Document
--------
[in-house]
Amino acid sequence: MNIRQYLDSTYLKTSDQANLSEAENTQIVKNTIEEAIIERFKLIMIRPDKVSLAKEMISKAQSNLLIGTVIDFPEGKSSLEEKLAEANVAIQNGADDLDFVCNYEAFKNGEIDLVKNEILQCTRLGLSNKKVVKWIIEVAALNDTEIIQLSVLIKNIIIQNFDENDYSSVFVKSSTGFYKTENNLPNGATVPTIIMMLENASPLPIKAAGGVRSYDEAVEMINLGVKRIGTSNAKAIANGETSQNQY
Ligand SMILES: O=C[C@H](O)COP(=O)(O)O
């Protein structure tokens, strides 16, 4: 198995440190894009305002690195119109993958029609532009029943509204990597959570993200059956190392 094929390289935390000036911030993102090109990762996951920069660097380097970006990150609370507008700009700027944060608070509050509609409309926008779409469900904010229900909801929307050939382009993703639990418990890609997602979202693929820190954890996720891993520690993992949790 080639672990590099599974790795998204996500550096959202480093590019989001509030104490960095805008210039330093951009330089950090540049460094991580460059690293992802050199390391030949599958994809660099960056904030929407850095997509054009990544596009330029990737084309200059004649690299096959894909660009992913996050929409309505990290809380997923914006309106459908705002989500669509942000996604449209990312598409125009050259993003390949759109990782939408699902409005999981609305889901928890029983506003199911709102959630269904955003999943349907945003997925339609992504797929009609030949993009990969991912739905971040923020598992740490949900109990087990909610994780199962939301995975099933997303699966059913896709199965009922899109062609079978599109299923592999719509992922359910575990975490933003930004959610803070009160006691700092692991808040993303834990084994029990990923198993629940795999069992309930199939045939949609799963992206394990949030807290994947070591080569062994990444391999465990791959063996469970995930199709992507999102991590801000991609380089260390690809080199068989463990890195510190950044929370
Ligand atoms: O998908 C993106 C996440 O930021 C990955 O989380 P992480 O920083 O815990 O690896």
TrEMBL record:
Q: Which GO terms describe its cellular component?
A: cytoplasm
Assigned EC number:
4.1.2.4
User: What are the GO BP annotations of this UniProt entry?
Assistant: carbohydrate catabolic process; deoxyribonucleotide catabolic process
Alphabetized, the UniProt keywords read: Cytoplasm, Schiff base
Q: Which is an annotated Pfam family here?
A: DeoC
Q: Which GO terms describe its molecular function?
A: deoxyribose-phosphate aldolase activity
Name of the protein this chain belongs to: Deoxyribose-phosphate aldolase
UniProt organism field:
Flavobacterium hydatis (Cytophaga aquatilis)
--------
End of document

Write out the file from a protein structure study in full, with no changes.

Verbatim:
[in-house]
Amino acid sequence: MNIRQYLDSTYLKTSDQANLSEAENTQIVKNTIEEAIIERFKLIMIRPDKVSLAKEMISKAQSNLLIGTVIDFPEGKSSLEEKLAEANVAIQNGADDLDFVCNYEAFKNGEIDLVKNEILQCTRLGLSNKKVVKWIIEVAALNDTEIIQLSVLIKNIIIQNFDENDYSSVFVKSSTGFYKTENNLPNGATVPTIIMMLENASPLPIKAAGGVRSYDEAVEMINLGVKRIGTSNAKAIANGETSQNQY
Ligand SMILES: O=C[C@H](O)COP(=O)(O)O
């Protein structure tokens, strides 16, 4: 198995440190894009305002690195119109993958029609532009029943509204990597959570993200059956190392 094929390289935390000036911030993102090109990762996951920069660097380097970006990150609370507008700009700027944060608070509050509609409309926008779409469900904010229900909801929307050939382009993703639990418990890609997602979202693929820190954890996720891993520690993992949790 080639672990590099599974790795998204996500550096959202480093590019989001509030104490960095805008210039330093951009330089950090540049460094991580460059690293992802050199390391030949599958994809660099960056904030929407850095997509054009990544596009330029990737084309200059004649690299096959894909660009992913996050929409309505990290809380997923914006309106459908705002989500669509942000996604449209990312598409125009050259993003390949759109990782939408699902409005999981609305889901928890029983506003199911709102959630269904955003999943349907945003997925339609992504797929009609030949993009990969991912739905971040923020598992740490949900109990087990909610994780199962939301995975099933997303699966059913896709199965009922899109062609079978599109299923592999719509992922359910575990975490933003930004959610803070009160006691700092692991808040993303834990084994029990990923198993629940795999069992309930199939045939949609799963992206394990949030807290994947070591080569062994990444391999465990791959063996469970995930199709992507999102991590801000991609380089260390690809080199068989463990890195510190950044929370
Ligand atoms: O998908 C993106 C996440 O930021 C990955 O989380 P992480 O920083 O815990 O690896």
TrEMBL record:
Q: Which GO terms describe its cellular component?
A: cytoplasm
Assigned EC number:
4.1.2.4
User: What are the GO BP annotations of this UniProt entry?
Assistant: carbohydrate catabolic process; deoxyribonucleotide catabolic process
Alphabetized, the UniProt keywords read: Cytoplasm, Schiff base
Q: Which is an annotated Pfam family here?
A: DeoC
Q: Which GO terms describe its molecular function?
A: deoxyribose-phosphate aldolase activity
Name of the protein this chain belongs to: Deoxyribose-phosphate aldolase
UniProt organism field:
Flavobacterium hydatis (Cytophaga aquatilis)